FROM MATADI TO BOMA
A TRIP IN THE BAS-CONGO PROVINCE
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riverbyair.jpg (38451 bytes) The view from the plane on the way to Boma from Matadi.  The Congo River winds through rocky valleys in this area of Congo. ("Matadi", the capital of Bas-Congo province, means "stones" in Kikongo)  This is the navigable part of the river from the mouth to the port of Matadi where goods are offloaded for transport by rail or by road primarily to Kinshasa. 
vilageriver.jpg (61255 bytes) A village on the banks of a small Congo River tributary.
LUKI1.jpg (128086 bytes) The Man and the Biosphere Reserve of Luki on the road between Boma and Matadi.  The predominant tree species in the reserve is the "Limba".
forest_rat.jpg (69115 bytes) One of the animals hunted in the reserve area is the giant rat.  Cane rats are also hunted for meat.  
duiker.jpg (53882 bytes) Some hunters still use flintlock rifles to hunt small duikers like this one.   
pangolin.jpg (66776 bytes)  This pangolin was caught using a wire snare.  The animal has a tough scaly outer layer to protect it from predators.  It rolls up into a ball so as to protect its soft stomach from attack.  It is a slow animal and can easily be caught by hunters.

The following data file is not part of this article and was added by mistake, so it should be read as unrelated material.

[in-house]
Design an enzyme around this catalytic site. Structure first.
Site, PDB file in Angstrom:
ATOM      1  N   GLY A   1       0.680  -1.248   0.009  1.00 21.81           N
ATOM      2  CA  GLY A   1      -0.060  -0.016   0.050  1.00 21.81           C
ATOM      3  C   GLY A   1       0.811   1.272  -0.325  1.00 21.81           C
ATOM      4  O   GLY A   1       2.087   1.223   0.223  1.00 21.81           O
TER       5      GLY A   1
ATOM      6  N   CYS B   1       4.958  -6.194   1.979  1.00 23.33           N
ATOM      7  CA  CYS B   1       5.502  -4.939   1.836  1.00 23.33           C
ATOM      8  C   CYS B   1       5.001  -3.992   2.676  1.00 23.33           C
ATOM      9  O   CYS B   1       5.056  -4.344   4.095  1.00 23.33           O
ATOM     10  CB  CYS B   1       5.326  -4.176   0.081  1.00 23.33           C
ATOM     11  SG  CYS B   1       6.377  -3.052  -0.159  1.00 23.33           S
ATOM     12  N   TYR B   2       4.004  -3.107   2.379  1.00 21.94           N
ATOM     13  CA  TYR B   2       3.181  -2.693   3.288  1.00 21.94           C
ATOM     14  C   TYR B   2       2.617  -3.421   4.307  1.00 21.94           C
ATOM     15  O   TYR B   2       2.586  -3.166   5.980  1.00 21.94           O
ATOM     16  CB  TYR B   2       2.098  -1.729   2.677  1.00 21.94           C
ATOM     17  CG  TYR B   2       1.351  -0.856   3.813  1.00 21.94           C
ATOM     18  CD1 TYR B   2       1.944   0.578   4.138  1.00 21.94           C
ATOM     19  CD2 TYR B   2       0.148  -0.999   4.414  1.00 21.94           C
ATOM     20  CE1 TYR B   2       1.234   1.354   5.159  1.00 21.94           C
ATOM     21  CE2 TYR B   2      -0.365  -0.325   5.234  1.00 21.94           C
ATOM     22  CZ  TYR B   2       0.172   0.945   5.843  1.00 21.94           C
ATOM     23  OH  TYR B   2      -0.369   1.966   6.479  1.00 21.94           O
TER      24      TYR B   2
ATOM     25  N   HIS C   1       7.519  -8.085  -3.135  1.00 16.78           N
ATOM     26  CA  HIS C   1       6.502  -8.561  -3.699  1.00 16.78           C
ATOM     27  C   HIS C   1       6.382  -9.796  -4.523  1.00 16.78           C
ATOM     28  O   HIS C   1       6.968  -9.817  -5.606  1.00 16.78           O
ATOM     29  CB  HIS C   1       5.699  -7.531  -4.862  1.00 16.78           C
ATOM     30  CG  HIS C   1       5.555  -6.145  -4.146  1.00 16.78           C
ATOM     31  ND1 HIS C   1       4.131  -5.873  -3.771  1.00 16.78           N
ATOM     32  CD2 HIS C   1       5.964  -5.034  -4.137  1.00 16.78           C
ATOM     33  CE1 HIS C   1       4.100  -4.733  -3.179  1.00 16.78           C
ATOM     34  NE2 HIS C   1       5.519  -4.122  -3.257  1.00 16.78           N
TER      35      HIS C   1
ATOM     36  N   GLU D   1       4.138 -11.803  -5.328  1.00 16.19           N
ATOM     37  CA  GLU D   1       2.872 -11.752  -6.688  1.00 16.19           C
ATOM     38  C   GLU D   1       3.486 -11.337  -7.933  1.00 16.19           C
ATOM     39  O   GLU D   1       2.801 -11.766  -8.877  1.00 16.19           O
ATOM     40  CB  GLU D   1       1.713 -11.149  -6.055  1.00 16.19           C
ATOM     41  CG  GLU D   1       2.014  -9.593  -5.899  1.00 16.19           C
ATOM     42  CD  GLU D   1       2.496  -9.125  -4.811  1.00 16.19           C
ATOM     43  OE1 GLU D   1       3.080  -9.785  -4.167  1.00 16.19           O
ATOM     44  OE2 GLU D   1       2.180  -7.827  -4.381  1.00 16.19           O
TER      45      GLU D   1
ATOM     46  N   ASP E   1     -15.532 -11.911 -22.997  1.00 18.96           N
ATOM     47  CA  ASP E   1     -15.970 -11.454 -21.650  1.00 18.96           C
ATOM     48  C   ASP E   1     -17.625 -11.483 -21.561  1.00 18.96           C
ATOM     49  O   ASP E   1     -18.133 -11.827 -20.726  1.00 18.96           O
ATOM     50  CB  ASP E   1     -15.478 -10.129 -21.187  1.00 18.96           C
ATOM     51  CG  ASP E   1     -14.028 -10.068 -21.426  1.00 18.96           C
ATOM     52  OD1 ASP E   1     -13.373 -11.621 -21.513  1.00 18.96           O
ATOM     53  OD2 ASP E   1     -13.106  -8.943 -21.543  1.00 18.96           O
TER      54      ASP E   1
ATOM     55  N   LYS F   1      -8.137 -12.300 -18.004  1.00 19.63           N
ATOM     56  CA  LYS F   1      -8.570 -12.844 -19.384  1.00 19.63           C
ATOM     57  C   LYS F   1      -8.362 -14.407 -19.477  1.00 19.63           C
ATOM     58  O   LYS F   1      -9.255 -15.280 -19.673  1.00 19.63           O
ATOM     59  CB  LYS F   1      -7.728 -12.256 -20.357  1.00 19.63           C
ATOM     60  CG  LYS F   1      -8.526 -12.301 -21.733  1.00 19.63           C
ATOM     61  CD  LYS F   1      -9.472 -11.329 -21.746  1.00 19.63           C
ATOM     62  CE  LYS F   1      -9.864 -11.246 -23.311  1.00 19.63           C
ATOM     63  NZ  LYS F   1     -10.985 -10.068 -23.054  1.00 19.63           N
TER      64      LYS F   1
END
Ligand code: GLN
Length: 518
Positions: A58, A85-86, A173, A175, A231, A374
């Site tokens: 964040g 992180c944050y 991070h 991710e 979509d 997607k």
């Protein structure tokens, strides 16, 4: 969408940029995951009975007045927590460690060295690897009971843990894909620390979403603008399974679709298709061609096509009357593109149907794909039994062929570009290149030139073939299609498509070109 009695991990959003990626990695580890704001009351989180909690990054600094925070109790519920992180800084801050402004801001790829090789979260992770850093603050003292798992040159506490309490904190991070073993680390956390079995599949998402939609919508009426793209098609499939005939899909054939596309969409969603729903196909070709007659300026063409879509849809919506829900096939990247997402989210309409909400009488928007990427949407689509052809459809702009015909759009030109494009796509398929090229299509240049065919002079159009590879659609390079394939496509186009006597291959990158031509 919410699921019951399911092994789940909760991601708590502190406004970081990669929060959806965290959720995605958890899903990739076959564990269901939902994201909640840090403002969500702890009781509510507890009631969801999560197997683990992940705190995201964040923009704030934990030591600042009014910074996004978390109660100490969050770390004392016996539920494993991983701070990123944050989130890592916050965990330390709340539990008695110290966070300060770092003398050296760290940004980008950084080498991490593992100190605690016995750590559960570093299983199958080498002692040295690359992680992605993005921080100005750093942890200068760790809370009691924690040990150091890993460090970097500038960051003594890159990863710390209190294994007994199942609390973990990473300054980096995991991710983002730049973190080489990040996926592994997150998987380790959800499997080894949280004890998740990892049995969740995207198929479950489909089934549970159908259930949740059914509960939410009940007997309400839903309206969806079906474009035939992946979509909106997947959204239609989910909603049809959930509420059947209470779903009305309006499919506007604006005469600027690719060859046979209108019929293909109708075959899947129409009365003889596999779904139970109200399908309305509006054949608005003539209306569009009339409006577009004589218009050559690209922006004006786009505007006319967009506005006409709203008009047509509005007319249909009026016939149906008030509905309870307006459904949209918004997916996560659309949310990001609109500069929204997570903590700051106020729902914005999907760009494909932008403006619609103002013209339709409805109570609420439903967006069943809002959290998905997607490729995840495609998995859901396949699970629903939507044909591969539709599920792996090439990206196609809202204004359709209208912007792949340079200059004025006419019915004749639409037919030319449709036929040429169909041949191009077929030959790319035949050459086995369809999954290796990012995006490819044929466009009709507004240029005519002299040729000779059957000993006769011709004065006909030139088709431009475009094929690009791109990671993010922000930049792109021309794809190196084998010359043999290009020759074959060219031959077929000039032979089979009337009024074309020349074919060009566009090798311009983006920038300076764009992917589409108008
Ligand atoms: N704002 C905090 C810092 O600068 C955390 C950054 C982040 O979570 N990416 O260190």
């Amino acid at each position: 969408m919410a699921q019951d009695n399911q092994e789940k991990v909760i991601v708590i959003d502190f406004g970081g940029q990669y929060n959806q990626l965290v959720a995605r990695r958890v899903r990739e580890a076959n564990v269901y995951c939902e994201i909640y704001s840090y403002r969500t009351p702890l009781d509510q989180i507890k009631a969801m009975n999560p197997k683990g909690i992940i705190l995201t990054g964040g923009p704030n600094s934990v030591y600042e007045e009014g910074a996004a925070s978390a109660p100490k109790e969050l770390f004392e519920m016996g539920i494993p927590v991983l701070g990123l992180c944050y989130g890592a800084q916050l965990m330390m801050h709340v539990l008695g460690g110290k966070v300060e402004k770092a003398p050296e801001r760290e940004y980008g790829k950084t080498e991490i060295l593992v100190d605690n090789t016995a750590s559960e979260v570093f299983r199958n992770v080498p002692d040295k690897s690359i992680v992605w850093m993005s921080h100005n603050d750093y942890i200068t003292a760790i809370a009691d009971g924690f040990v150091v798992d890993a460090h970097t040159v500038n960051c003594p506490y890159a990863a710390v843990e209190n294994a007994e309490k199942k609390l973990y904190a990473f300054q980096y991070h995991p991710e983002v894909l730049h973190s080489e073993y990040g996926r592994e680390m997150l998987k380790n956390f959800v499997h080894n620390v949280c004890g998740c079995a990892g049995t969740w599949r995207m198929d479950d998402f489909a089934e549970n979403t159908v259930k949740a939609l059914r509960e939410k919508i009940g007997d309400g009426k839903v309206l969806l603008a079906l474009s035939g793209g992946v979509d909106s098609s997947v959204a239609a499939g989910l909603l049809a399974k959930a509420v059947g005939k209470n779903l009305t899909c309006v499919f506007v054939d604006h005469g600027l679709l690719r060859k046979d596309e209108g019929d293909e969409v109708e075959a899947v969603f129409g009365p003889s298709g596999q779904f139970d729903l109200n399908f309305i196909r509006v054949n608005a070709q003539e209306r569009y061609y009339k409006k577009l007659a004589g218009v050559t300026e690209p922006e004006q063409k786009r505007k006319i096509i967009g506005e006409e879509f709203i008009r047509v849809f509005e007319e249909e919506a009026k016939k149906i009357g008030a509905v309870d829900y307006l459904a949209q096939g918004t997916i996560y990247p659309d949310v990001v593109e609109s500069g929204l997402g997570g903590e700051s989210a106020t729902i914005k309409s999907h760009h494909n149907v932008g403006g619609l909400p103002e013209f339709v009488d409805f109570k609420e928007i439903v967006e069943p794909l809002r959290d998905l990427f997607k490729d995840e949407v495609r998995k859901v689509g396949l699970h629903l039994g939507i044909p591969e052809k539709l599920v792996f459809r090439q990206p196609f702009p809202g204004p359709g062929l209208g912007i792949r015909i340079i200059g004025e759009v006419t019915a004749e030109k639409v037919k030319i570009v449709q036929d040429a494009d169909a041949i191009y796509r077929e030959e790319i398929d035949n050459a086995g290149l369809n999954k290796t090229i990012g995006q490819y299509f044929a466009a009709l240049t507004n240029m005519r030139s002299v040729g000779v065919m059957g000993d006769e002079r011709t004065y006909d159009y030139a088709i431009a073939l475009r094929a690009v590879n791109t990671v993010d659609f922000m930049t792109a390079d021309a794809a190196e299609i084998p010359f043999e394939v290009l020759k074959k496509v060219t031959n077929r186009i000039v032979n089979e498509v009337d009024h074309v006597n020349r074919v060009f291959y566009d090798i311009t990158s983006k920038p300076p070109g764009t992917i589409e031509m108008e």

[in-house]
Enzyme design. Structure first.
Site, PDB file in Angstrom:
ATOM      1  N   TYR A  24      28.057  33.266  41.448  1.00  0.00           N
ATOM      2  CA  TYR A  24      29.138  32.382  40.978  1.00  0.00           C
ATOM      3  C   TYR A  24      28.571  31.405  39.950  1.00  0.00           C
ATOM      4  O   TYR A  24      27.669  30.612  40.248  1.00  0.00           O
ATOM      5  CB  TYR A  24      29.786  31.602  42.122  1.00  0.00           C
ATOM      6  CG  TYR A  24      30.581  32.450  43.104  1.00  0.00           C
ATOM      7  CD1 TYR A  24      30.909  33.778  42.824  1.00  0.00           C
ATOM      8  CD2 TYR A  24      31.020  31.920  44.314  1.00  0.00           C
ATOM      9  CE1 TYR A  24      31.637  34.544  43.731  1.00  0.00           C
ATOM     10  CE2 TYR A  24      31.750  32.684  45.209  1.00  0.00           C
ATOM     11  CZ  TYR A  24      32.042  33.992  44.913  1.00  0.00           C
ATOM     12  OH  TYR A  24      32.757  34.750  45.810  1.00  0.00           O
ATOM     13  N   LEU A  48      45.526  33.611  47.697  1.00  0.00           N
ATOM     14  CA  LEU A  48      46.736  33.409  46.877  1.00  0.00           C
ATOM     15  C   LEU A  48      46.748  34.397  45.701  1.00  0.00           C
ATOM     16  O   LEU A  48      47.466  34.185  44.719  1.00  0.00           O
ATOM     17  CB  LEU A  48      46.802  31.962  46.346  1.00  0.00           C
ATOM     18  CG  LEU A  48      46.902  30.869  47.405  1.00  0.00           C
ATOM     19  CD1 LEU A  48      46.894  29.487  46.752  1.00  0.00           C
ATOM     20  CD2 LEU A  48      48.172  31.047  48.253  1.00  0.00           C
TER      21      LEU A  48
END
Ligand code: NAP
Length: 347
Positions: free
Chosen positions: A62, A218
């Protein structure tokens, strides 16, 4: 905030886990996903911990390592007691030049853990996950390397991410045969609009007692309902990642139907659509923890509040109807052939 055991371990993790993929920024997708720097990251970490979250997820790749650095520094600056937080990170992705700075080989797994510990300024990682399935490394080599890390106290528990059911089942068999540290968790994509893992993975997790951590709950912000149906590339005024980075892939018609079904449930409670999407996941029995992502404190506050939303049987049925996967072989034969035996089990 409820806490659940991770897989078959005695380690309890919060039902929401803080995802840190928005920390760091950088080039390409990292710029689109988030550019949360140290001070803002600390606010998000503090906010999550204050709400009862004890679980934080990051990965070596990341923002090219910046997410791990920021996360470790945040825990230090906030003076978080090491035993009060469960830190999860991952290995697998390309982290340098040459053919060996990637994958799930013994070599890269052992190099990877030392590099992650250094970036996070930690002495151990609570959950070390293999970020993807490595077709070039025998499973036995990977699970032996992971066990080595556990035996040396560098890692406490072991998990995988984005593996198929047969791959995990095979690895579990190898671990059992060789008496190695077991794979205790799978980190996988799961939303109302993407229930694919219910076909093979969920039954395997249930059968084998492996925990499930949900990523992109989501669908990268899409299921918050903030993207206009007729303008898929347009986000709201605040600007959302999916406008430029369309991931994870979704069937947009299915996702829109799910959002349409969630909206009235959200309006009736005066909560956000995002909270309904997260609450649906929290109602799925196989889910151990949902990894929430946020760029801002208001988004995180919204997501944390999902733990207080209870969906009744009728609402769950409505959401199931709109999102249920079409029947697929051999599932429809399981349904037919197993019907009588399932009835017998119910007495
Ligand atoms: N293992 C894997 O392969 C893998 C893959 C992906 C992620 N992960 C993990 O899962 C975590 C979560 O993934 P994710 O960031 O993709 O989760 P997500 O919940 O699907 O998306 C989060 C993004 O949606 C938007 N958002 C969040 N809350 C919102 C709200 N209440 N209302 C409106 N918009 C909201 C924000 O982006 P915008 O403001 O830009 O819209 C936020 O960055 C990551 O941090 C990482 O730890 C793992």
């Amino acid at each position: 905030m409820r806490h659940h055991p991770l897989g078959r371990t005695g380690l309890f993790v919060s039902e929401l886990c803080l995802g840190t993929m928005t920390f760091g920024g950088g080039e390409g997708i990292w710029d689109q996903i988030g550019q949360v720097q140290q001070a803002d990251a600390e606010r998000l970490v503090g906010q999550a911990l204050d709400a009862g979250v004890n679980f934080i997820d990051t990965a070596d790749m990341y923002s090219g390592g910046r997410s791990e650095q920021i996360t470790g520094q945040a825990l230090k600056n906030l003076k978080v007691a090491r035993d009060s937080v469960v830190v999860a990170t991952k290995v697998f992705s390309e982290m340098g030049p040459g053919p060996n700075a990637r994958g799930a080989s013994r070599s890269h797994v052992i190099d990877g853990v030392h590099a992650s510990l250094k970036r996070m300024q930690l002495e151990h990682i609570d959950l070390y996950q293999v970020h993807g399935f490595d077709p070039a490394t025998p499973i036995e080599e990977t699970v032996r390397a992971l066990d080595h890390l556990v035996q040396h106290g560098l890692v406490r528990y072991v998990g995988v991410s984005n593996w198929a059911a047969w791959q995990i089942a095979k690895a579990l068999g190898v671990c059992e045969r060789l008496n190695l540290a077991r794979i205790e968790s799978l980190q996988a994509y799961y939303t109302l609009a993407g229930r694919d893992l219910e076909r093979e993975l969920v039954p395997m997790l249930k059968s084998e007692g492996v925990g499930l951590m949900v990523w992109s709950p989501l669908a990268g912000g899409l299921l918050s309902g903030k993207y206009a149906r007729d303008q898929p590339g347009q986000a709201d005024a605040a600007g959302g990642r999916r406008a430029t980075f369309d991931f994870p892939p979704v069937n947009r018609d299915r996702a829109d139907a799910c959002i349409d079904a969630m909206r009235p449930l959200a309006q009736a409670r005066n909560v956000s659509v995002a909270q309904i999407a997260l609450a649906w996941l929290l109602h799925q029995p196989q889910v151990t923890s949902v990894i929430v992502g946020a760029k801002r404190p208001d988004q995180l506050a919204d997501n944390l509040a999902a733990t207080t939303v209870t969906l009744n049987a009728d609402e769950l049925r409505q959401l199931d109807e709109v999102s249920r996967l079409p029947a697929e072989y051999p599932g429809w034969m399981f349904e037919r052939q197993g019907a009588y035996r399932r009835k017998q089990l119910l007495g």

game_roast.jpg (92947 bytes) A roadside meat smoking operation.   Seen here are prepared wild boar, porcupine, and pangolin.  The meat is sold to travelers going to  Boma, Matadi or Kinshasa.   
roasted_porcupine.jpg (68253 bytes) A smoked porcupine.  Sticks are used to spread out the animal to accelerate smoking.
roasted_pangolin.jpg (69653 bytes) Here, one can see the pangolin's claws and the pattern on the skin shows where its scales were attached.  
baobabriver.jpg (34736 bytes)  A lone baobab on the banks of the Congo River.  Angola can be seen in the background across the river.
boma_boats.jpg (73196 bytes)  Boma is used more and more often for offloading goods from boats.  The river has become hard to navigate as dredging has not been carried out for years.  Where once the river could be navigated by boats carrying up to 24,000 metric tons, now the limit is 7,000 to 8,000 metric tons of cargo due to the dangerous sand bars in the river.  
BOMA PANORAMA

bomapanorama.jpg (134204 bytes)

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